What's in a name?

 

 

As Big Ben finished tolling 3 pm yesterday, the Speaker began an understated ceremony to rename the Clock Tower. Calling it Elizabeth Tower celebrates the Queen’s Jubilee.  It does not mean we have to abandon the name for the bell, Tobias Ellwood, the MP who originally proposed the change, reassured us. Paul Flynn, however, tweeted: @Paulflynnmp “Act of profound futility in 're-naming' of Big Ben. Could the Eiffel Tower, Taj Mahal or Empire State Building be re-named? Big Benn better.” And another MP joked “so its Vic and Liz now is it?”, referring to Victoria Tower at the other end of the Palace. Names have social and political significance.

Success

 

Caught by Olympics fever like the rest of the nation, it seemed utterly appropriate to be interviewing Sir Menzies Campbell on the day that Bolt won the 200m. Sir Menzies ran the same race for GB in 1964. We discussed the differences between sport and politics. You win in sports by seconds or centimetres whereas a politician measures success by votes. Hard work and a fiercely competitive streak are useful to both. Athletes and politicians compete for themselves but also for their team and their nation. They can make our spirits soar. When Mo Farrar won the 10,000m and then the 5,000m last night patriotism no longer felt embarrassing.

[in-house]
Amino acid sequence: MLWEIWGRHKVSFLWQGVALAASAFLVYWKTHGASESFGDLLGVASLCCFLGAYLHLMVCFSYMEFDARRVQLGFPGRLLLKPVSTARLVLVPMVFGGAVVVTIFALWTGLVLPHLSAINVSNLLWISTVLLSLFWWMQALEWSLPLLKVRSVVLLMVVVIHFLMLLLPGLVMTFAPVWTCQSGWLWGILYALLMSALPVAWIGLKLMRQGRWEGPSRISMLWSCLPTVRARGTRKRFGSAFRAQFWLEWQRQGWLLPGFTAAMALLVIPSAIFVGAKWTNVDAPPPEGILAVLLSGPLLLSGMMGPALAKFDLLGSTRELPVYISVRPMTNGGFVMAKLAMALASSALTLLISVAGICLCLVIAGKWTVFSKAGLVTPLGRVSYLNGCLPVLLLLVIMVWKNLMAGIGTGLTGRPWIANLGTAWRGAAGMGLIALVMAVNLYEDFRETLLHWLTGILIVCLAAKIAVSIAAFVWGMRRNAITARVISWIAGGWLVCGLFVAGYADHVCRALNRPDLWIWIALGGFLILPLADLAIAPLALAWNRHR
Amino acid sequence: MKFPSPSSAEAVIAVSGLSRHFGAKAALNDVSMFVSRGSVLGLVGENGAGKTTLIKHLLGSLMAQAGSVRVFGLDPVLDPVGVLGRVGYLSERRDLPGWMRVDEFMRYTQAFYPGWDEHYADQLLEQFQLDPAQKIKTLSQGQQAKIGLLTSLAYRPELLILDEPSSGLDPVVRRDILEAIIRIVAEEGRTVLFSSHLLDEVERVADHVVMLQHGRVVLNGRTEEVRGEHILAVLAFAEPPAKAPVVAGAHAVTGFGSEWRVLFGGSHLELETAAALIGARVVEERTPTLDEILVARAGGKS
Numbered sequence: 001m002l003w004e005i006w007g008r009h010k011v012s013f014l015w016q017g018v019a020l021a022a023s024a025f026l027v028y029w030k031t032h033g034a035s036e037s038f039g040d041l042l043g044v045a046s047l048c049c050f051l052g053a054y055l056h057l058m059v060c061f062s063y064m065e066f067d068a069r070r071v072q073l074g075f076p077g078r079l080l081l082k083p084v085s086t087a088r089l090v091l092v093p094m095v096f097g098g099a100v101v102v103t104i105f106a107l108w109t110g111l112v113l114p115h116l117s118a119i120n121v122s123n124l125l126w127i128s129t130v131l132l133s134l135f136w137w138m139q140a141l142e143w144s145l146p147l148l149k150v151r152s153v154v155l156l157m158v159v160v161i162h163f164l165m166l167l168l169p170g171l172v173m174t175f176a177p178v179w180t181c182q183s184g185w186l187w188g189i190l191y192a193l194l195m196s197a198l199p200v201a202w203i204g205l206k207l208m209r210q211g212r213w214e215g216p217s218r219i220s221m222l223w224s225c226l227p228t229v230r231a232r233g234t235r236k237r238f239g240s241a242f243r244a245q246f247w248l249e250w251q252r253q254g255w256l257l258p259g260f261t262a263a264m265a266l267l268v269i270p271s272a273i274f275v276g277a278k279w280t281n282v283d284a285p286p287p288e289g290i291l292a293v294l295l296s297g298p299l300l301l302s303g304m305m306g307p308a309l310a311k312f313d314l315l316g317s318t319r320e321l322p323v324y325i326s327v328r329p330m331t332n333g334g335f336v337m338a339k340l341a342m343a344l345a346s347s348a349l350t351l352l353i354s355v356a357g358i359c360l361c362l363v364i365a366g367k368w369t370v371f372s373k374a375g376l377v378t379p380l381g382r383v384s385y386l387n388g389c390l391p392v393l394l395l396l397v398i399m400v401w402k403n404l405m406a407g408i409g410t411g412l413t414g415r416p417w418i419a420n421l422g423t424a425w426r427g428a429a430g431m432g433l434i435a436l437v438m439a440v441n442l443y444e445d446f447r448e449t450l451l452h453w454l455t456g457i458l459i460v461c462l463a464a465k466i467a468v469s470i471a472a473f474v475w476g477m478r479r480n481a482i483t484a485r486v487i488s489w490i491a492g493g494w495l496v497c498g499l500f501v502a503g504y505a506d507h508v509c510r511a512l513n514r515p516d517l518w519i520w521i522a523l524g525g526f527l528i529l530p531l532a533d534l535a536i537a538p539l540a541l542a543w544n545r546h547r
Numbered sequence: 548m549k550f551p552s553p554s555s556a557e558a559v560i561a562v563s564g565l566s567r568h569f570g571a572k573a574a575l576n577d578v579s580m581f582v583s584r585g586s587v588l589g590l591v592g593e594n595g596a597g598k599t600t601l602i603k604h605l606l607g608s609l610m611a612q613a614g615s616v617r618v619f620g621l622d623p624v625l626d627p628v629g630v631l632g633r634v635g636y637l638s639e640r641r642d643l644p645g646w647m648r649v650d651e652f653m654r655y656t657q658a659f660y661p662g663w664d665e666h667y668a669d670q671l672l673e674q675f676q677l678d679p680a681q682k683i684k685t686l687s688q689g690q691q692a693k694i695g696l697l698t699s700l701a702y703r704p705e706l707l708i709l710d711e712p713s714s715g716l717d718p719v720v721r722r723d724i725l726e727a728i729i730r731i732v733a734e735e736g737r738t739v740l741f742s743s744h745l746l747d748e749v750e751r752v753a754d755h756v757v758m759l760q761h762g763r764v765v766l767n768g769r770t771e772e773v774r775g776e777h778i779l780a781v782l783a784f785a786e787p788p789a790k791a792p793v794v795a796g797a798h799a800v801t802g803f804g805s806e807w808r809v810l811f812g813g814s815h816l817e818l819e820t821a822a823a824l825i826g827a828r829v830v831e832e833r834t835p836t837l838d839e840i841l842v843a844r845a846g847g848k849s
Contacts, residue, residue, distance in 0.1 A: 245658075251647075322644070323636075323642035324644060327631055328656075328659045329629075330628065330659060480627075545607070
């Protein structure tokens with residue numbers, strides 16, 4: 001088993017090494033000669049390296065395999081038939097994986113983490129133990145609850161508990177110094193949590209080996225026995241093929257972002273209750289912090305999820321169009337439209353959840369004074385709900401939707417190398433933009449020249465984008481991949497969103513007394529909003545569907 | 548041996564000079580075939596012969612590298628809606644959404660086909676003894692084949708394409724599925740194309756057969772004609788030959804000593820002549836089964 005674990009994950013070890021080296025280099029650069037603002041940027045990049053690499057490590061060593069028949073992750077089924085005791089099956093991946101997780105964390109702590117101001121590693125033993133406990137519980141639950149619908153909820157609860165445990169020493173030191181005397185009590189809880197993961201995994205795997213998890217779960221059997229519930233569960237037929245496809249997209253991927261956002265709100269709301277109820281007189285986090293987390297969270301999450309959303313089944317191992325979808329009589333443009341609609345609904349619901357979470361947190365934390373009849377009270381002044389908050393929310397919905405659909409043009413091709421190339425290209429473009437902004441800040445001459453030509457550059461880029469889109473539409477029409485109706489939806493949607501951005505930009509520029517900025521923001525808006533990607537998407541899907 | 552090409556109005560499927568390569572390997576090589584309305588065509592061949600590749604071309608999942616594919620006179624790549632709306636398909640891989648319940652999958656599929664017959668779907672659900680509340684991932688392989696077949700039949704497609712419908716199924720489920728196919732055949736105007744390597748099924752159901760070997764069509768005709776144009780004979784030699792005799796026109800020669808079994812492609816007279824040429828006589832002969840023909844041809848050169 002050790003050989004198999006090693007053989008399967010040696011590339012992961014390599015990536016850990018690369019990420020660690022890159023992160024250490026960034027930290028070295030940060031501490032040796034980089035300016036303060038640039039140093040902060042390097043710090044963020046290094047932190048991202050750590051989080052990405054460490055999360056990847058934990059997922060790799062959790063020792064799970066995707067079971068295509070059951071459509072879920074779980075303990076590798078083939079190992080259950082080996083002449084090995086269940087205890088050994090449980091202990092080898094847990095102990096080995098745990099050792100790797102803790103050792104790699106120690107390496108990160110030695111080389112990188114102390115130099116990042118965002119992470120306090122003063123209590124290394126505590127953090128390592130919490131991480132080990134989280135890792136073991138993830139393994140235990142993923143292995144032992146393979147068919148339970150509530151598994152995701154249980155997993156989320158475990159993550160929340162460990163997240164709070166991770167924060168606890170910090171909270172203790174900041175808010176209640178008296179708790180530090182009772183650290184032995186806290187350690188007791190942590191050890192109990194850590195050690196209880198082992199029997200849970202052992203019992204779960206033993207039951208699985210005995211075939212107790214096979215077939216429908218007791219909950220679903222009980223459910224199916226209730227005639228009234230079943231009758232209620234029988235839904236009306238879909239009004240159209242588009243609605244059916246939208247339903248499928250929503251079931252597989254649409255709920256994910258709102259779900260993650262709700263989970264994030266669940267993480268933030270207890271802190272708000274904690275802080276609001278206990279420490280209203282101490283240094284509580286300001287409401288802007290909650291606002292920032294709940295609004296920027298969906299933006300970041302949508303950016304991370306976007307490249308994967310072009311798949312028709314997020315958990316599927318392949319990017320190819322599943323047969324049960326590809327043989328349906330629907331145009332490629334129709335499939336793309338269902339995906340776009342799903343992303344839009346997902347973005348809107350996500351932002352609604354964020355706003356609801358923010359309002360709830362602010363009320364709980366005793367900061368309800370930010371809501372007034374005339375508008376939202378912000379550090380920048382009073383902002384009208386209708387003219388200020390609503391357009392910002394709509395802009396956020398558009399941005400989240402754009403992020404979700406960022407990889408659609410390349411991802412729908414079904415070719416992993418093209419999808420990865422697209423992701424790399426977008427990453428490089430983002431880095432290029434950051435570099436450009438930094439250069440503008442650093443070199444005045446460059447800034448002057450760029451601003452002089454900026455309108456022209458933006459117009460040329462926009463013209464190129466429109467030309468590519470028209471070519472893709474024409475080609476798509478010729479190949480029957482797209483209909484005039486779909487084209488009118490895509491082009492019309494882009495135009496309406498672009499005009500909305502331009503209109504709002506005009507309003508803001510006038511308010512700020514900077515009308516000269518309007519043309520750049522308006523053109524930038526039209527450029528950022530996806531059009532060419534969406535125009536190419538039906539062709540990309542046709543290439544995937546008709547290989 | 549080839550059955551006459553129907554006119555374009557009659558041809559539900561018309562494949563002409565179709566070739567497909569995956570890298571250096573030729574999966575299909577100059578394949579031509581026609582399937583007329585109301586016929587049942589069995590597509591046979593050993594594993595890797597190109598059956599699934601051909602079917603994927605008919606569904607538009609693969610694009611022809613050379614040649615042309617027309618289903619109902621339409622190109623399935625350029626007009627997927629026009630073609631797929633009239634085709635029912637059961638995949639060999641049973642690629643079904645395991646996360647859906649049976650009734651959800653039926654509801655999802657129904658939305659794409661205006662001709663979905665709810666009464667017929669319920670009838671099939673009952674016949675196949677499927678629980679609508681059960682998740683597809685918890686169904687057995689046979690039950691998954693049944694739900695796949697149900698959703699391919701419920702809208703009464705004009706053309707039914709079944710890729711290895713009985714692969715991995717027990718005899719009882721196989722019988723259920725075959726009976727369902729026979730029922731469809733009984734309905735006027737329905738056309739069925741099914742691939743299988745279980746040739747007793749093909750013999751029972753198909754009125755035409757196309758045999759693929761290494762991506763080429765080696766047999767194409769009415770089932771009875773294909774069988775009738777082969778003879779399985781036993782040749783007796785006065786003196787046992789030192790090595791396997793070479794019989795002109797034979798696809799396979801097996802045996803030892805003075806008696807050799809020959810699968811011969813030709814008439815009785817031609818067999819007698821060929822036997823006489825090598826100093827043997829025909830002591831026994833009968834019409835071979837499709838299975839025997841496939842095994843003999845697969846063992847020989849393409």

So why are politicians so rarely treated as heroes? People often doubt MPs’ altruism, assuming that they have to be either unselfish or ego maniacs. But the truth is more likely to be one of mixed motives, fluctuating as they do for athletes between wanting to win for themselves and wanting their team or country to do well too.

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